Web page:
AAEP white paper offers guidance on approval process for medical devices

AAEP white paper offers guidance on approval process for medical devices

May 01, 2011

The American Association of Equine Practitioners (AAEP) released a white paper developed by the Biological and Therapeutic Agents Committee to offer equine practitioners guidance regarding medical devices.

While the document does not address equipment such as syringes, needles and radiographic units, it does focus on devices marketed in the liquid form, for use exclusively within veterinary medicine. Why?

Device advice: AAEP's white paper clarifies many aspects of medical devices in horses, which aren't as regulated as those in people.
AAEP explains, "Understanding the appropriate use of medical devices is important for the treatment of horses in veterinary practices. This paper defines what constitutes a medical device and the associated approval/registration requirements and the use of these products by practitioners in relation to the product label."

This article explores some of the details that are documented within this white paper.

What is a medical device?

Although medical devices are commonly used in both human and veterinary medical practice, there is a distinction for those devices used exclusively within the field of veterinary medicine. That distinction relates to the regulatory oversight of these products.

Differences between human and veterinary medical devices:

  • Device manufacturers who make or distribute devices used exclusively within veterinary medicine are not required to register their establishments or list their devices with the Food and Drug Administration (FDA)-Center for Veterinary Medicine (CVM). (Such registration is required for human devices.)
  • There are no premarket notification requirements. (This notification is required for specific classifications of human devices.)
  • There are no premarket approval requirements. (This approval is required for specific classifications of human devices.)
  • There are no mandatory adverse event reporting requirements. (Adverse event reporting is required for human devices.)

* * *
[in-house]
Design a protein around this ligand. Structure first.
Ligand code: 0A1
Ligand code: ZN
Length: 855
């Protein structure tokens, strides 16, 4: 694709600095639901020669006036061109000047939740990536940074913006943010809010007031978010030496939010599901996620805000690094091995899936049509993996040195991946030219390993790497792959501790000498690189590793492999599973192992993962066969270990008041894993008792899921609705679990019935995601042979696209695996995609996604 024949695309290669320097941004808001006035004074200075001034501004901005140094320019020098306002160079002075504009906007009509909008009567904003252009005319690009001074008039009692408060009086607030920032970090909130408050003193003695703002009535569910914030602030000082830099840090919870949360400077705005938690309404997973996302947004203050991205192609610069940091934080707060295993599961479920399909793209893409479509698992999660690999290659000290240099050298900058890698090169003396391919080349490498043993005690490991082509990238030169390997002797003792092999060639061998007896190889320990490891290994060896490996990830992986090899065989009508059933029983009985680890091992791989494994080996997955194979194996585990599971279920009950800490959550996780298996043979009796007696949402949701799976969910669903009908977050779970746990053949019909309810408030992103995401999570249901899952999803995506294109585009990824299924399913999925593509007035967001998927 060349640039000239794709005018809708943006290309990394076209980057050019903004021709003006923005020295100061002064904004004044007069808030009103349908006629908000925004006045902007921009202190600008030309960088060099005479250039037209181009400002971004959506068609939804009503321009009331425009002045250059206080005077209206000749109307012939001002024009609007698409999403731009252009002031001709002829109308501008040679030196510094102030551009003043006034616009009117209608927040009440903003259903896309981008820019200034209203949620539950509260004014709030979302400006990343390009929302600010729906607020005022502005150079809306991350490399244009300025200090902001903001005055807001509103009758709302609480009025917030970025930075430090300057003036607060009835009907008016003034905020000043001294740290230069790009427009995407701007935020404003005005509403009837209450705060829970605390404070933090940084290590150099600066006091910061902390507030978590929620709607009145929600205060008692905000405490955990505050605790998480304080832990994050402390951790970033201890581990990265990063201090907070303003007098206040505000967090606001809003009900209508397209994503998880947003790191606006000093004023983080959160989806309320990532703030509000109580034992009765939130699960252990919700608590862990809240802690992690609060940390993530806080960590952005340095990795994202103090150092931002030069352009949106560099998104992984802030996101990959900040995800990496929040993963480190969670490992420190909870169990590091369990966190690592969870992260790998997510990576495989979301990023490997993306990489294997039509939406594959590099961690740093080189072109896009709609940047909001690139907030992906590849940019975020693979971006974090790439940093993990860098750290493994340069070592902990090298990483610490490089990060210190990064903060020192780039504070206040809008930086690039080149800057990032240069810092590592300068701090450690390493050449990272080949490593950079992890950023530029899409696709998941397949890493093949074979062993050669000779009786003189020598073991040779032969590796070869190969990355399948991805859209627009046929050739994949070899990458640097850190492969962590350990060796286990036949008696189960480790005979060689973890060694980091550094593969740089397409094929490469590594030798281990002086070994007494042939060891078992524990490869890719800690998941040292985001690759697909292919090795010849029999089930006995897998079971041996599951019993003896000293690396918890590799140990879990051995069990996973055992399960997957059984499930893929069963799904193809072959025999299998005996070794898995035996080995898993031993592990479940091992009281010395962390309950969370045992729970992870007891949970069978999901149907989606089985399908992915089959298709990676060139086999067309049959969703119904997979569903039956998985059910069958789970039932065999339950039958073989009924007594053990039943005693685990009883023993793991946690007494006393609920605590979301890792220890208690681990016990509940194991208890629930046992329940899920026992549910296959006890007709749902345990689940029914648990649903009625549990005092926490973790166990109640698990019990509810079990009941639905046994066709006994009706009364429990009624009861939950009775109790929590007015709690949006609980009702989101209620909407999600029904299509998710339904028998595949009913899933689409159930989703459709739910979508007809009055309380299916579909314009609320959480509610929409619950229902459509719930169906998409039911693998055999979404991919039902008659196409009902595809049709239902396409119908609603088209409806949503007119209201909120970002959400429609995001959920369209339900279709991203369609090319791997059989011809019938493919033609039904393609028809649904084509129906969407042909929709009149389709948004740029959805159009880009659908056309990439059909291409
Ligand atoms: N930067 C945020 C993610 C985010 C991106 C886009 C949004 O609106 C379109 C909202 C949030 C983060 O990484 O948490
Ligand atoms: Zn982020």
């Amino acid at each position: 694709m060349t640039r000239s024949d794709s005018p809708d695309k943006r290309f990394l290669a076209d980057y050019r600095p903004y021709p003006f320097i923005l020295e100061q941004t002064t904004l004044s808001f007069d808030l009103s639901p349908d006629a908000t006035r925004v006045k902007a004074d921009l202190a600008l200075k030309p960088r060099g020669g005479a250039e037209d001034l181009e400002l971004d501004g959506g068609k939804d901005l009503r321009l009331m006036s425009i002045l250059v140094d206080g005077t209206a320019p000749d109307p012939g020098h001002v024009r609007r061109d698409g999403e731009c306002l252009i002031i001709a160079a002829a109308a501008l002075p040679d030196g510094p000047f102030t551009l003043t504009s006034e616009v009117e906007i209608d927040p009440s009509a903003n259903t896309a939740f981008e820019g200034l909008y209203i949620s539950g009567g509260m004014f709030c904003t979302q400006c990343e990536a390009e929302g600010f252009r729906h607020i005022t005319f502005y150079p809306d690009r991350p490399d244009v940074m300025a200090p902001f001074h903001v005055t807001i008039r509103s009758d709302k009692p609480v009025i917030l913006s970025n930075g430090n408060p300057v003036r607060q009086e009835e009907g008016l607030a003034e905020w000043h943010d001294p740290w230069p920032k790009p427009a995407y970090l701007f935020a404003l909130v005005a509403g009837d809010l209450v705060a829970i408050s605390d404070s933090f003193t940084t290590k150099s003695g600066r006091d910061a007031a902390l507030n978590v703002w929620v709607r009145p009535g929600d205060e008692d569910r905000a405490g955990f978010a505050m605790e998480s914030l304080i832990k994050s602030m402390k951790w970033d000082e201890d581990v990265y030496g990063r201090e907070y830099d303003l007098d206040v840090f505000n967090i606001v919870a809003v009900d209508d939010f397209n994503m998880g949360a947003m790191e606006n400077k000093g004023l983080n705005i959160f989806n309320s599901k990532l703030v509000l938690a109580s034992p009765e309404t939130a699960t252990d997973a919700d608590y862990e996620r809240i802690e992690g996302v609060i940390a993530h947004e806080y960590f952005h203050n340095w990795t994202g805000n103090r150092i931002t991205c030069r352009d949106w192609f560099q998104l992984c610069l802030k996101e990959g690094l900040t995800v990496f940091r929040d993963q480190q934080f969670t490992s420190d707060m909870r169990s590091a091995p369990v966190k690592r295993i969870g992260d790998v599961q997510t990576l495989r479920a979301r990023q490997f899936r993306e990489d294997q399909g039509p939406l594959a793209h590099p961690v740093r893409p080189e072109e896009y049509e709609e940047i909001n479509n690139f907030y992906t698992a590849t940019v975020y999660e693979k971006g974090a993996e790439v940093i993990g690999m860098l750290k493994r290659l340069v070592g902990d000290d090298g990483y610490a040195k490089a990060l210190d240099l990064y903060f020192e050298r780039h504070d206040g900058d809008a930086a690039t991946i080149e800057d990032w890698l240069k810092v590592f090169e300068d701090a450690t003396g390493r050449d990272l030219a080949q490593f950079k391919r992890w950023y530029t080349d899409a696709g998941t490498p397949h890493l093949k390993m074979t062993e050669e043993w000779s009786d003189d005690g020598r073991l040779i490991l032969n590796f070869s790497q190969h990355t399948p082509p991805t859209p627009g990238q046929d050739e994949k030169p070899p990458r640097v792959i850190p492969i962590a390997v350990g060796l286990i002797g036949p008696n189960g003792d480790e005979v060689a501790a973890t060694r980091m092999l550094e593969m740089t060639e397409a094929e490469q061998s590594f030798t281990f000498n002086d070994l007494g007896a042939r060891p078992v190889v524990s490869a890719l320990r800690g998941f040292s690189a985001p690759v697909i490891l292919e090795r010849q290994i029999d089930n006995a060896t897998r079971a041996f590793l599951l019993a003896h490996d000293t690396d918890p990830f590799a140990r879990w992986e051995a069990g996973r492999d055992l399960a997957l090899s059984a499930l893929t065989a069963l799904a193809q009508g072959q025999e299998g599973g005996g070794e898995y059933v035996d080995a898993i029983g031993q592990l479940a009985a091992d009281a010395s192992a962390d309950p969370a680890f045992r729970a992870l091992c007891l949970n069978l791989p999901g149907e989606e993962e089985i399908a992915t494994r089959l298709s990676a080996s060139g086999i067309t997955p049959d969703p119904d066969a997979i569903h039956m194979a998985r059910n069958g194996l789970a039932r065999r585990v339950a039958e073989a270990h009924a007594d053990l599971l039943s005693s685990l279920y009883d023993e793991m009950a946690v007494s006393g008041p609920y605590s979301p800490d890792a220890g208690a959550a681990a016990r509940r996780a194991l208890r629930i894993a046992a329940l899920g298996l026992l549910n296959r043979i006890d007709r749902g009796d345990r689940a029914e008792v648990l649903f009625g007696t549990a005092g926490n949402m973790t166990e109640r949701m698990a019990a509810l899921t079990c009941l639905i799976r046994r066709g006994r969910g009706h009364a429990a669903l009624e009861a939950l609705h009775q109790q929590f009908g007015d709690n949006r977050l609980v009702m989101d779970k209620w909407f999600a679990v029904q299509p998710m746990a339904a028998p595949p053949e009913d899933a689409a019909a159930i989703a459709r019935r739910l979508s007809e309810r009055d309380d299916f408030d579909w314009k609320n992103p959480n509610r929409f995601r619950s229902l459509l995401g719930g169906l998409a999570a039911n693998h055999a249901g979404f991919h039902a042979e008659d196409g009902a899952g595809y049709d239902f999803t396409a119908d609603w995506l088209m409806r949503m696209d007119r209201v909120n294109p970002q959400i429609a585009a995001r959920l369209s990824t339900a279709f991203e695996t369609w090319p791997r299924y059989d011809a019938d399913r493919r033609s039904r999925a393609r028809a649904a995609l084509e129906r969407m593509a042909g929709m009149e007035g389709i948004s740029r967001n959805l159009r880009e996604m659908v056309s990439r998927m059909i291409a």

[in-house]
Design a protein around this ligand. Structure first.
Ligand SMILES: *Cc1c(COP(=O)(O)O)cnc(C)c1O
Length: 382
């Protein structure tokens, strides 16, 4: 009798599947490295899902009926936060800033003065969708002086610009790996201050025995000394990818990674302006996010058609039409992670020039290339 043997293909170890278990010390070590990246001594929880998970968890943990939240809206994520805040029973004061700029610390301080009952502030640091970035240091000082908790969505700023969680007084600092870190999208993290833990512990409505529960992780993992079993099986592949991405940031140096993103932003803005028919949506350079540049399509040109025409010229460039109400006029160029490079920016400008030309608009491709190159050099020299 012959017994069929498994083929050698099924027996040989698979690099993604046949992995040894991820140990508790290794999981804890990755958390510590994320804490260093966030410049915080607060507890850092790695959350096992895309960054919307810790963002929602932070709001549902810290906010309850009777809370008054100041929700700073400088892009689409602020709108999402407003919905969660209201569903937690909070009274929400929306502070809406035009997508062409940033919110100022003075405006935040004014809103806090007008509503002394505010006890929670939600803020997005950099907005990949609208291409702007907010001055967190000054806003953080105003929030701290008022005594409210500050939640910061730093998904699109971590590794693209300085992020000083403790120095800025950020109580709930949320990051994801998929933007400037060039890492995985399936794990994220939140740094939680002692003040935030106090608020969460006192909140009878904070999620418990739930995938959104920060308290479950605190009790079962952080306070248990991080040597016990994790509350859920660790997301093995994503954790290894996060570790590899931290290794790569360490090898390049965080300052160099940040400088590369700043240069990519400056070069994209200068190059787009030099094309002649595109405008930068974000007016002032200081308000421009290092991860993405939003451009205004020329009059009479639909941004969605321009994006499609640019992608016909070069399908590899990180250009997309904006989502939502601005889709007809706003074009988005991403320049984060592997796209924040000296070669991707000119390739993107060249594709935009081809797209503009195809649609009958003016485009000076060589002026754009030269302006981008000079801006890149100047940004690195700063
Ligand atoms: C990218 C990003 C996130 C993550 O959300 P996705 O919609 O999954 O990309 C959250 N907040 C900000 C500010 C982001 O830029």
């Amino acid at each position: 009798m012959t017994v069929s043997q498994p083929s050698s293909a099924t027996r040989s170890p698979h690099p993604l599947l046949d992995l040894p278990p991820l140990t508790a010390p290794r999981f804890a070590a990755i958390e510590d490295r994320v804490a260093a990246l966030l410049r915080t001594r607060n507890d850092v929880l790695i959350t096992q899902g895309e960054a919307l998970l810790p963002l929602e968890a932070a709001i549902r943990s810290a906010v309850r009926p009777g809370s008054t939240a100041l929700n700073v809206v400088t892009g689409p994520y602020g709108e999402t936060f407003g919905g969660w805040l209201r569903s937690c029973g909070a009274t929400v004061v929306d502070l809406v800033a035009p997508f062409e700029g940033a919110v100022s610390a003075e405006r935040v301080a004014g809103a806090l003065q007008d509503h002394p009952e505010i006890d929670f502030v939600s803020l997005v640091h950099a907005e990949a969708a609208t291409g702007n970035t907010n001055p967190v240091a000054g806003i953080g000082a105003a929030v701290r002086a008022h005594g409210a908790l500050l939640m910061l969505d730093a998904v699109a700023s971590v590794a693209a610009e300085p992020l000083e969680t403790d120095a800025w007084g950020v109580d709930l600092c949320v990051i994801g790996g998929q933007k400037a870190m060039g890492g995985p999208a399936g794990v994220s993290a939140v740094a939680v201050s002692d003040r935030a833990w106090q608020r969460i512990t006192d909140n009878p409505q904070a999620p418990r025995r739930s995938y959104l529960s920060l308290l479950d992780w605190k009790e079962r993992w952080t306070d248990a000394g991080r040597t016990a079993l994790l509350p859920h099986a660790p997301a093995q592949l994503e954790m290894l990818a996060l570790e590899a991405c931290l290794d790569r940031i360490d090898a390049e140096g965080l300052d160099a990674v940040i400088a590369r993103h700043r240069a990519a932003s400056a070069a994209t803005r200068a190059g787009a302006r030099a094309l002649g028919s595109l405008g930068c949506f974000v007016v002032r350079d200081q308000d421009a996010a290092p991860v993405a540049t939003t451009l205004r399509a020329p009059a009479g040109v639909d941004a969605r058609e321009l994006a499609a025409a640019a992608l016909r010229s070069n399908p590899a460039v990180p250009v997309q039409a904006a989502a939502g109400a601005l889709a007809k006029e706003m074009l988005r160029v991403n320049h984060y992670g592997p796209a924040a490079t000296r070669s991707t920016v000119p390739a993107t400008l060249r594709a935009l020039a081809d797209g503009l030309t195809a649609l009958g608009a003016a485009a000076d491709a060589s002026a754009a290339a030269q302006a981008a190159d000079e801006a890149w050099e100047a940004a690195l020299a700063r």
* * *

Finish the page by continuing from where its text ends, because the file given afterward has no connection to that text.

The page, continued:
• There are no registered or approved veterinary medical devices.

A medical device is defined by the FDA in the Food Drug and Cosmetic Act, Section 210 (h) "as an instrument, apparatus, implement, machine, contrivance, implant, in vitro reagent, or other similar or related article, including any component part or accessory, which is intended for use in the diagnosis, treatment or prevention of disease, in man or other animals, or intended to affect the structure or any function of the body of man or animals and which does not achieve any of its principal intended purposes through chemical action within or on the body of man or other animals and it is not dependent upon being metabolized for the achievement of any of its principal intended purposes."

The most important aspect of understanding medical devices for equine practitioners is "an awareness on their part as to what they are using—is it a pharmaceutical or is it a medical device?" says Kenton Morgan, DVM, Dipl. ACT, chair of the AAEP's Biological and Therapeutic Agents Committee.

"First and foremost, whatever we do should be in the best interest and care of the horse. We want to use products that are formulated and developed for the indication of the equine patient. If we're not, we need to be aware of that and understand that we may be taking on some increased liability when we use these products in ways that are not consistent with what they were designed to be used for. And this is especially true if the product is not efficacious or if an unexpected outcome should occur. The primary concern is when we take a medical device and use it as a pharmaceutical."

Medical devices are designed for a specific use. These products may be useful tools to the equine practitioner for those intended purposes. Examples of specific medical device products include a number of hyaluronic acid-containing products and some combination products that have hyaluronic acid, glucosamine and chondroitin sulfate.

They are sold either as topical wound therapies or joint fluid lavage or replacement-type products.